The rulers also took active part in patronizing hadith sciences. It is mentioned about Sultan Mahmud Shah (d. 1397) of the South Indian Bahmani kingdom that he had set aside special stipends for the scholars of hadith so that they could stay engaged in their scholarly pursuits without having to worry about earning their living.[37]


Sufis enjoy perhaps the worst reputation in Islamic scholarly circles. Much of this stems from the behavior and statements of ignorant Sufis. This then leads to a blanket condemnation of all Sufis including the classical giants of tasawwuf. Historical evidence points in a different direction. It would be helpful to consider here the case of some Sufis and their attitudes towards education. In fact, in the second half of the thirteenth century, Delhi saw the founding of the khanqah of the famous Chishti saint, Nizam al-Din Awliya. Not only had Nizam al-Din studied the above-mentioned Mashariq al-Anwar from cover to cover but also knew the entire collection by heart.[38] The best source of information about him is his utterances (malfuzat) that were recorded by his disciple Amir Hasan Sijzi (d. 1336) in his famous work Fawa’id al-Fu’ad.[39] Even a cursory glance at this collection will show that Nizam al-Din had a thorough understanding of hadith and fiqh. And this in spite of the fact that he was busy training his Sufi disciples and did not have time to be actively involved in the intellectual life of Delhi.

Another incident is worth considering. It is mentioned about a certain Akhi Siraj who had moved at a young age from his native Lakhnauti to Delhi to benefit from Nizam al-Din Awliya. He lived in Nizam al-Din’s khanqah for many years. Once, someone recommended his name to Nizam al-Din for successorship. Nizam al-Din replied that Siraj was not educated and therefore, not qualified to be a successor. Upon this, one of the scholar disciples of Nizam al-Din, Mawlana Fakhr al-Din Zarradi volunteered to teach Siraj and fulfill this important condition for him. He accomplished this in six months.[40] This shows the erudition and skill of Zarradi as well as the acumen of Siraj to learn. Above all, this incident shows the central importance that Sufis gave to education.

One could argue that the sources for all such incidents are hagiographical accounts whose sole purpose is to glorify the personality of the person being written about. Even if we were to accept this charge, although there is enough reason not to, even then, the fact that the biographers considered acquisition of knowledge to be praiseworthy shows the status of knowledge and education in the Muslim society of that time.


The scarcity of books in India before the coming of the press has been made quite an issue of. Some historians, as evidence of this claim, have cited an incident involving Wali Allah’s son, Shah ‘Abd al-‘Aziz. It is reported that when ‘Abd al-‘Aziz began writing his Persian commentary on the Qur’an (Fath al-‘Aziz), he could not even find al-Tafsir al-Kabir of al-Razi.[41] After a desperate search, he finally found it in the library at the Royal Palace in Delhi. This is hard to believe. All of ‘Abd al-‘Aziz works have come down to us. We find him referring directly to classical works of Shafi‘i, Abu Yusuf (the main student of Abu Hanifah), al-Ghazzali, Ibn Hazm, Ibn Taymiya, etc. Some of these works were hard to find even after coming of the press. It is reasonable to assume that someone who had access to such rare works would also have had access to al-Razi’s work. Even if the incident was to be considered true, it cannot be taken to be representative of a general trend. It appears as an exception rather than the rule.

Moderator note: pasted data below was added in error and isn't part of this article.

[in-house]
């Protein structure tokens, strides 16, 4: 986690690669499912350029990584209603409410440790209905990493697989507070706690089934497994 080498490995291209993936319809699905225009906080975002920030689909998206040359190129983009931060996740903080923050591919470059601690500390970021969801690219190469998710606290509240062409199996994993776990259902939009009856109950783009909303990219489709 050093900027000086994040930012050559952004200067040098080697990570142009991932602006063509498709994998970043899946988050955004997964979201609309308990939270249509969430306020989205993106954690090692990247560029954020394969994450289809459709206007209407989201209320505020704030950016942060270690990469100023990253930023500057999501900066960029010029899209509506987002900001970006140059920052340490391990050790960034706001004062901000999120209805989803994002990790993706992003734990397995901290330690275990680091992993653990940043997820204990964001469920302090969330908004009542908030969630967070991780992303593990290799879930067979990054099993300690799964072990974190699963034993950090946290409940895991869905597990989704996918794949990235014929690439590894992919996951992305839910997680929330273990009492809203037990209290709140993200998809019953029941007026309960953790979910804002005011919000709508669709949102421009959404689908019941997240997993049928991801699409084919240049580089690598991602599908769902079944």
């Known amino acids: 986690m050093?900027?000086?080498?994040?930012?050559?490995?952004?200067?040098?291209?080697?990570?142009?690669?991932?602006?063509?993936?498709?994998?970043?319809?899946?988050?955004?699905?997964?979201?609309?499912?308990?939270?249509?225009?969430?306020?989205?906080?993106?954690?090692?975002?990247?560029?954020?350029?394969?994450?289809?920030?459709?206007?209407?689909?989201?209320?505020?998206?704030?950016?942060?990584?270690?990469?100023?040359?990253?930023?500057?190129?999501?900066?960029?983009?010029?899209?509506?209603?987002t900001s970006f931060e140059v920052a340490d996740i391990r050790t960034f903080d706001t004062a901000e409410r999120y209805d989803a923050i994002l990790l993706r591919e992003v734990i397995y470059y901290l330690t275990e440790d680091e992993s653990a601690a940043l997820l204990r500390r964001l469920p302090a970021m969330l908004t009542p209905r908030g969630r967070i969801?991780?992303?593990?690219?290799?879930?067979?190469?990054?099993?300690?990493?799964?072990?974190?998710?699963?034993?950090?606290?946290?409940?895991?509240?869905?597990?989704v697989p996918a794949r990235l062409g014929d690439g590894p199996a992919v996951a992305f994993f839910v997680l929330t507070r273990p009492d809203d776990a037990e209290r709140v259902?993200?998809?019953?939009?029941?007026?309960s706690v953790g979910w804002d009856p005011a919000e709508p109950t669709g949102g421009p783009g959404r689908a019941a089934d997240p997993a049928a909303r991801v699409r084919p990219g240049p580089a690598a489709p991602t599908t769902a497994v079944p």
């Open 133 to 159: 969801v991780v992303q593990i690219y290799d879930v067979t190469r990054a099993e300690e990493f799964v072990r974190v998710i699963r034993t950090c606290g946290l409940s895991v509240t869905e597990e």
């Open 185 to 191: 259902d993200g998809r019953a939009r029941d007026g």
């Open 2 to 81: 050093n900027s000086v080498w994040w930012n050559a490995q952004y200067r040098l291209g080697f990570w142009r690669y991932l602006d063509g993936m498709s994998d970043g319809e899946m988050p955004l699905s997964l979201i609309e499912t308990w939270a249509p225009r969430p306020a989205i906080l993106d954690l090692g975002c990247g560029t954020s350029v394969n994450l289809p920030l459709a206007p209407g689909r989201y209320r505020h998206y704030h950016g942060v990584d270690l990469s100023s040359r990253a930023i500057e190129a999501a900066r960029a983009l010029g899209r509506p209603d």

Moreover, Gilani has cited an incident involving Azad’s teacher, Mir Tufayl. Azad writes that once Mir Tufayl went to see the Nawab of Agra. There, a debate ensued about certain linguistic aspects of the Qur’anic verse “and for those who have the power” (2:184). According to Azad even for this relatively minor issue, most major works of tafsir, including al-Razi’s al-Tafsir al-KabÊr, Kashshaf, Baidhawi, and other books of language and rhetoric were consulted.[42]

Mulla Muhib Allah Bihari (d. 1707) is a prominent scholar who flourished during Aurangzeb’s (d. 1707) reign. He is the author of Musallam as-Thubut, a famous work on the principles of jurisprudence (usul al-fiqh). A manuscript of the author’s marginalia on this work is available online.[43] In this, he mentions the books that he consulted while writing this book. The list includes all the major works of usul of each of the Sunni schools viz. Usal al-Bazdawi, Usul al-Sarkhasi, Kashf al-Bazdawi, Kashf al-Manar, al-Badi‘ along with its commentaries, al-Tawdhih wa al-Talwih, al-Tahrir along with its commentaries al-Taqrir and al-Taysir, al-Mahsul of al-Razi, al-Ihkam of al-Amidi, Qadhi’s Mukhtasar along with its various glosses, Sharh of al-Abhari, Sharh of Taftazani, gloss of Fazil Mirza Jan, al-Rudud, al-‘Unqud, al-Minhaj of al-Baidhawi along with its commentary, Mukhtasar of ibn al-HÉjib and Muntaha al-Usul. This is an exhaustive list. If these books were available to someone working in Bihar, it is quite reasonable to assume that they would have been available in the capital Delhi as well.

In fact, not only were books easily available during the period under study, rather it was not such a major issue. There are two important reasons for that.